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Criminal Law Overview


LHJ LAW believes the law is both a shield and a sword for a client. As a shield, an attorney should use it to protect against the government wrongfully stopping, searching, arresting, trying and convicting a client. As a sword, it provides an attorney with the means to attack the reason or manner in which the government performed any of the aforementioned activities.  The Florida Constitution, Florida Statutes, Florida Rules of Criminal Procedure, Florida Evidence Code, and Case Law are each spheres of influence with provisions to be used for the benefit of a client.



Florida Statutes


The Statutes outline a plethora of actions that can result in criminal charges under the law. Every action deemed to be criminal is described in terms that explain the conduct (elements) that must be present and sufficiently proven(beyond a reasonable doubt) before a conviction can stand. All defenses should be built around the elements and whether the government can prove each of the elements beyond a reasonable doubt.


There are two types of criminal charges. The first type of criminal charge is called a misdemeanor. The second type is called a felony. A misdemeanor can be a second-degree crime for which the maximum penalty is a definite term of imprisonment not exceeding 60 days, or a first-degree crime for which the maximum penalty is a definite term of imprisonment not exceeding one year. A felony is a crime for which the penalty may exceed one year imprisonment in Florida State Prison (F.S.P.) up to a maximum of life or the imposition of a sentence of death. There are several levels (degrees) of felony charges. The degrees are as follows: third degree (up to 5 years in F.S.P.), second degree (up to 15 years in F.S.P.), first degree (up to 30 years in F.S.P.), life (the remainder of one’s natural life) and capital (imposition of the death penalty).

The Florida Legislature created various sentencing statutes that work in unison.  The Statutes are designed to maintain uniformity in sentencing throughout the State. The main provision utilized to maintain fairness and uniformity is called the Criminal Punishment Code. An individual who is charged with a felony can look to the Score Sheet to determine how many points have been assessed against him or her and the minimum prison sentence he or she is facing. A person charged with a crime will know how many points are assessed based on the type and severity of the charges. He or she will also be aware of the points that are assessed for other items such as the extent of his or her prior record or the extent of any injuries to an alleged victim as a result of the alleged criminal conduct. There are circumstances wherein a person may be at risk of receiving enhanced penalties under other criminal statutes. Examples of an enhanced sentence include a “Minimum Mandatory” sentence or classification as a “Prison Release Re-offender,” or a “Habitual Felony Offender.” There are other classifications not listed here. When an individual has been, or is, at risk to be re-classified, the stakes are raised much higher.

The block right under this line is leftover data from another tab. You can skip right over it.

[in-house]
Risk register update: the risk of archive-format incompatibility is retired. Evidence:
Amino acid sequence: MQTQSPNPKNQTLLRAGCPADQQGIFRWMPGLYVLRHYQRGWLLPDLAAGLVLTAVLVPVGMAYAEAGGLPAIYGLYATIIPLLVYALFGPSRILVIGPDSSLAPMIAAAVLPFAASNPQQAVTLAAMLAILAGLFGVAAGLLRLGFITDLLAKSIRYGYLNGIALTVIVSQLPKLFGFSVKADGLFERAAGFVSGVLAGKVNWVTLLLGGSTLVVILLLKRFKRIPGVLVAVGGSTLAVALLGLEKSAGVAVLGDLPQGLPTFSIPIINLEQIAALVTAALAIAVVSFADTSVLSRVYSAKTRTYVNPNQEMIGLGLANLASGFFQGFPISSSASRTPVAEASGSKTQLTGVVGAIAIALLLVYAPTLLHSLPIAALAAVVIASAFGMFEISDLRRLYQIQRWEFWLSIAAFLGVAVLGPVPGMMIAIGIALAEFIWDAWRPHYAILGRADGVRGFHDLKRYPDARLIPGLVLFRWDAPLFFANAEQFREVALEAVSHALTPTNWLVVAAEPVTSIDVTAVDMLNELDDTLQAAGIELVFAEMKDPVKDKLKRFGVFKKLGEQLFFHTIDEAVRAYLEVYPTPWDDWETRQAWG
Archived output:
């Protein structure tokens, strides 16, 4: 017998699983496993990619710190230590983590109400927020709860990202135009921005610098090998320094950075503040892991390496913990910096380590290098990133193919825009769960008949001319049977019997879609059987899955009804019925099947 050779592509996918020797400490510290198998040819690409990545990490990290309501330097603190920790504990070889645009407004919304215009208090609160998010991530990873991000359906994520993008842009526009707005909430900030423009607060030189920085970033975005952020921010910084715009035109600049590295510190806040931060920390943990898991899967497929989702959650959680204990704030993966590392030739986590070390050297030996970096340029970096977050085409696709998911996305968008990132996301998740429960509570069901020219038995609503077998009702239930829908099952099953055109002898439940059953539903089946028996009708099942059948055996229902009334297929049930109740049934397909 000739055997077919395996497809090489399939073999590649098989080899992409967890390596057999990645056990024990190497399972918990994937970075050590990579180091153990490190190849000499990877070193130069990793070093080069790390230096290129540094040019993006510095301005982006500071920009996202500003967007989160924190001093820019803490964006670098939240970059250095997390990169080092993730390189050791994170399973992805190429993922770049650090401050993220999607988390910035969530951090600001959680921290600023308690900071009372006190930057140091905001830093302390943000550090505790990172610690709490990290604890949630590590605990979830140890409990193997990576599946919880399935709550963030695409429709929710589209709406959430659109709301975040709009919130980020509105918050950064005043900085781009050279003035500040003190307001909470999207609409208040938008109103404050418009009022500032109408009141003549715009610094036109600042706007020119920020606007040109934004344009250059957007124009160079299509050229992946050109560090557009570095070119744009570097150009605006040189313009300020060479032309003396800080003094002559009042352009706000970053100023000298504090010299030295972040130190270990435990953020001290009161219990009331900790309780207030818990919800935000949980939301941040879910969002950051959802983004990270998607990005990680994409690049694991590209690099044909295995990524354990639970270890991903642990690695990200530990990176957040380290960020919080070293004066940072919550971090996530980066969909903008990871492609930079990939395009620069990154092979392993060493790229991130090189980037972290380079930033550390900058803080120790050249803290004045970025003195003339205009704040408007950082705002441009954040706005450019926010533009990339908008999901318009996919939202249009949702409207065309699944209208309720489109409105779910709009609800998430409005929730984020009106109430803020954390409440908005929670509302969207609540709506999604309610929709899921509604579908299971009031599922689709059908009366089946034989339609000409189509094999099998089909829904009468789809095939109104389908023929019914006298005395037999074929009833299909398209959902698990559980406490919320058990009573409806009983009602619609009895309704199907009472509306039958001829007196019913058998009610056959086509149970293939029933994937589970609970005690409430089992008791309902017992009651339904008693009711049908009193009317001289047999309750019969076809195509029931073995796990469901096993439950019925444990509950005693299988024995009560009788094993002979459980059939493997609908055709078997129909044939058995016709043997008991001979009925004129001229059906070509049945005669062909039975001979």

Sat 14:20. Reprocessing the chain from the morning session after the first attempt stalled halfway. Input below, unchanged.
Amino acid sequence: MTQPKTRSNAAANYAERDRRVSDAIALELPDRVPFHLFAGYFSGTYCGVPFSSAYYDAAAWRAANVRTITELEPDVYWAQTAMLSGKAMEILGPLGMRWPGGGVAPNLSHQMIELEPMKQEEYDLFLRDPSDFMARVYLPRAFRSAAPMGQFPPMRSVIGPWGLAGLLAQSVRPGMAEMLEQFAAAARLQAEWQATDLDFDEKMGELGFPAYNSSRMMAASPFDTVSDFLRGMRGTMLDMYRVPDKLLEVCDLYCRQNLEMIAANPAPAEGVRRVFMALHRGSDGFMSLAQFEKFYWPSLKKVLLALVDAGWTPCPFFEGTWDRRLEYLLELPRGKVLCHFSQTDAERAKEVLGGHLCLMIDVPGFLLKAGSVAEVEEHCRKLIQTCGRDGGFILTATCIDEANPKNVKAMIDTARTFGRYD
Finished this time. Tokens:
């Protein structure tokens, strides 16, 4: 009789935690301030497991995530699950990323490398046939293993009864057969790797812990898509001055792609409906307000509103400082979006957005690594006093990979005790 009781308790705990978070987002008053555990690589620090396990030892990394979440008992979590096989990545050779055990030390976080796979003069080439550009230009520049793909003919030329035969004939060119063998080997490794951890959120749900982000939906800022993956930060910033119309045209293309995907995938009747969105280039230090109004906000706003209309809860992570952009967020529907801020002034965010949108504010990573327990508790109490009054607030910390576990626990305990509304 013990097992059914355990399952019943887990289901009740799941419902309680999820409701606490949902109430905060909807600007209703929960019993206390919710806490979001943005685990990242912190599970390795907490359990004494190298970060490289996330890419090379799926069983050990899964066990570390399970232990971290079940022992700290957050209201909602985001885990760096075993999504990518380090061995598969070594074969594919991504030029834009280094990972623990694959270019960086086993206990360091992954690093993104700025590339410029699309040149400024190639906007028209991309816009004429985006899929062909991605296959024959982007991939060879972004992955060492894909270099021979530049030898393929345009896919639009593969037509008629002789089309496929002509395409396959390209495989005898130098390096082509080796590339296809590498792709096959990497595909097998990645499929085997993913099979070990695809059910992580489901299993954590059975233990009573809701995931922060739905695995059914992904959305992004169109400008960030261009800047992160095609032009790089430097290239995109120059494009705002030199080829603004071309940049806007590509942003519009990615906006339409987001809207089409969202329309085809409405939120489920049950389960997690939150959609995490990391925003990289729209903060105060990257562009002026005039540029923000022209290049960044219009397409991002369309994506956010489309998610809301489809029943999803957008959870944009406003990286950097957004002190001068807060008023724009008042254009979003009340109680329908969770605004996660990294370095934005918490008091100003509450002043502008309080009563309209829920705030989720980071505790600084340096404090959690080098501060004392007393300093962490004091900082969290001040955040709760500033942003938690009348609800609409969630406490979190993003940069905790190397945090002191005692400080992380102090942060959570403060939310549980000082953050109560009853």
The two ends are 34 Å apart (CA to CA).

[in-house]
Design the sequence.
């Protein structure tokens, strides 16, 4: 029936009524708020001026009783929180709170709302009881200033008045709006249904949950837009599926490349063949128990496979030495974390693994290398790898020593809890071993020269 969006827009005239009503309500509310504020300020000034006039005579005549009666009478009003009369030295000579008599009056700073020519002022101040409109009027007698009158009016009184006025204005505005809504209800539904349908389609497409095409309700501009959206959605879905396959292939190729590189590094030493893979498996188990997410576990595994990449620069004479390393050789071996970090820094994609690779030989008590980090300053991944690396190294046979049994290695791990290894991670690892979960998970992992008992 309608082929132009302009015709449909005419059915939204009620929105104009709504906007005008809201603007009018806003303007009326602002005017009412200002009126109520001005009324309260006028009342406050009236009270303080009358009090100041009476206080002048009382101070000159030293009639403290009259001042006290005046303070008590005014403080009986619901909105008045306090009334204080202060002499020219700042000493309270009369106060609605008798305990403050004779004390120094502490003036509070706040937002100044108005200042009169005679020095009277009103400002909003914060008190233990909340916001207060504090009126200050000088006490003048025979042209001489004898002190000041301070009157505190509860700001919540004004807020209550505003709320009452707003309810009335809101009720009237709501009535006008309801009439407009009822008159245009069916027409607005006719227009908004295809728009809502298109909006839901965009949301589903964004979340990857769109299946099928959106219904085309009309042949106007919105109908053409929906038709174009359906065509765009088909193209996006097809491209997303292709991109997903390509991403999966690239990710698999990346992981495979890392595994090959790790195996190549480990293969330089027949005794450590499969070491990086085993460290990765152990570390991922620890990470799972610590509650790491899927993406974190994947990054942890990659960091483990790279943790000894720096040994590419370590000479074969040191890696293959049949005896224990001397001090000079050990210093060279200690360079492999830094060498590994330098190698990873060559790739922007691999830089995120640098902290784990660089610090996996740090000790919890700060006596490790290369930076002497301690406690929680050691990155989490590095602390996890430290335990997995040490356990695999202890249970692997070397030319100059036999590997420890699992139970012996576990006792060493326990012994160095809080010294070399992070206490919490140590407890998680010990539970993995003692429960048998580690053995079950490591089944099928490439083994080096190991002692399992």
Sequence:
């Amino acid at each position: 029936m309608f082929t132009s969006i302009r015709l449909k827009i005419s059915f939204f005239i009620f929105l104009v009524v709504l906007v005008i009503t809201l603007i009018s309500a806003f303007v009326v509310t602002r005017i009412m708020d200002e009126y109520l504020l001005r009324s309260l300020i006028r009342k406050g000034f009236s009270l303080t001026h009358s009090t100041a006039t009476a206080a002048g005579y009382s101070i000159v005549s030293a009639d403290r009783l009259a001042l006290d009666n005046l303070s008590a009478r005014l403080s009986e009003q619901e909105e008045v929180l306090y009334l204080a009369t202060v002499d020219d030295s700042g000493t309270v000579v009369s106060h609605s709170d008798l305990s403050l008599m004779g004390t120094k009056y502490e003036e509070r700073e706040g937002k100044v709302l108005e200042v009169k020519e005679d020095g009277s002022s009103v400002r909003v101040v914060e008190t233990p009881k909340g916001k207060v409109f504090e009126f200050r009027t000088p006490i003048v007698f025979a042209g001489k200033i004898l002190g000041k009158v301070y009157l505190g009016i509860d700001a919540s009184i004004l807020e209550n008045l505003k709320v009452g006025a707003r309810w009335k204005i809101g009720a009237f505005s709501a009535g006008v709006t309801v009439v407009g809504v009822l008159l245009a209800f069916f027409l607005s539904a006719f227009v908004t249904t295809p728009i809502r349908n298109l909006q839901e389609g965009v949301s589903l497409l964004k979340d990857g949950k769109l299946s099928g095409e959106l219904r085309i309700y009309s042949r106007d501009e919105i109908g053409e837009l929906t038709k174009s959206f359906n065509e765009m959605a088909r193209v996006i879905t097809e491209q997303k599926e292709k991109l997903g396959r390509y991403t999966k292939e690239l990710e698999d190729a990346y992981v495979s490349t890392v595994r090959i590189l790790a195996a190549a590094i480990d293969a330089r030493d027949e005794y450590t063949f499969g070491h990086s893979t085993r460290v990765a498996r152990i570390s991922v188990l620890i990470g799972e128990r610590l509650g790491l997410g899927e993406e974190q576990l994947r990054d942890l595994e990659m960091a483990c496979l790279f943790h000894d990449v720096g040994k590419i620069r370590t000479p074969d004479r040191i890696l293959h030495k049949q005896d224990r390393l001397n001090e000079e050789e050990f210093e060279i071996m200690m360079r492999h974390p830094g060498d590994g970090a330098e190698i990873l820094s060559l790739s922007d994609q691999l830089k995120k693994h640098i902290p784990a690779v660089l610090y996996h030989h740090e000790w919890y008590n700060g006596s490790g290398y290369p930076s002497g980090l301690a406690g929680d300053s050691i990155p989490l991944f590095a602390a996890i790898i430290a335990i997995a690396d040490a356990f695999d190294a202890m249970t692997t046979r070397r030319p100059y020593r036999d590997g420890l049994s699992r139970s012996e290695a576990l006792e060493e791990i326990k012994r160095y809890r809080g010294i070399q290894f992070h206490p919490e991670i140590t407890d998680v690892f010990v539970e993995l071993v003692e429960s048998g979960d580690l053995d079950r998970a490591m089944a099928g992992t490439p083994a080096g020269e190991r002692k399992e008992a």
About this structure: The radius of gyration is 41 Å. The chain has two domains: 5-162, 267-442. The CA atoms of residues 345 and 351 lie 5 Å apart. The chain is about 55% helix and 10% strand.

Florida Rules of Criminal Procedure

The Florida Rules of Criminal Procedure were created to govern case progression from beginning to end. There are many opportunities for a defense attorney to utilize these rules to ensure that his or her client’s case and rights are properly handled not only by the prosecutor, but by the judge and jury as well.



Florida Evidence Code

The way in which facts are presented to a judge or jury are controlled by statutes commonly referred to as the Florida Evidence Code. To a non-lawyer these rules may appear constricting. They are designed, however, to ensure that the facts (proof) used against an accused have been sufficiently sanitized so as to provide a judge or jury with only those facts that will allow them to make a fair assessment of the case and render a true and just verdict.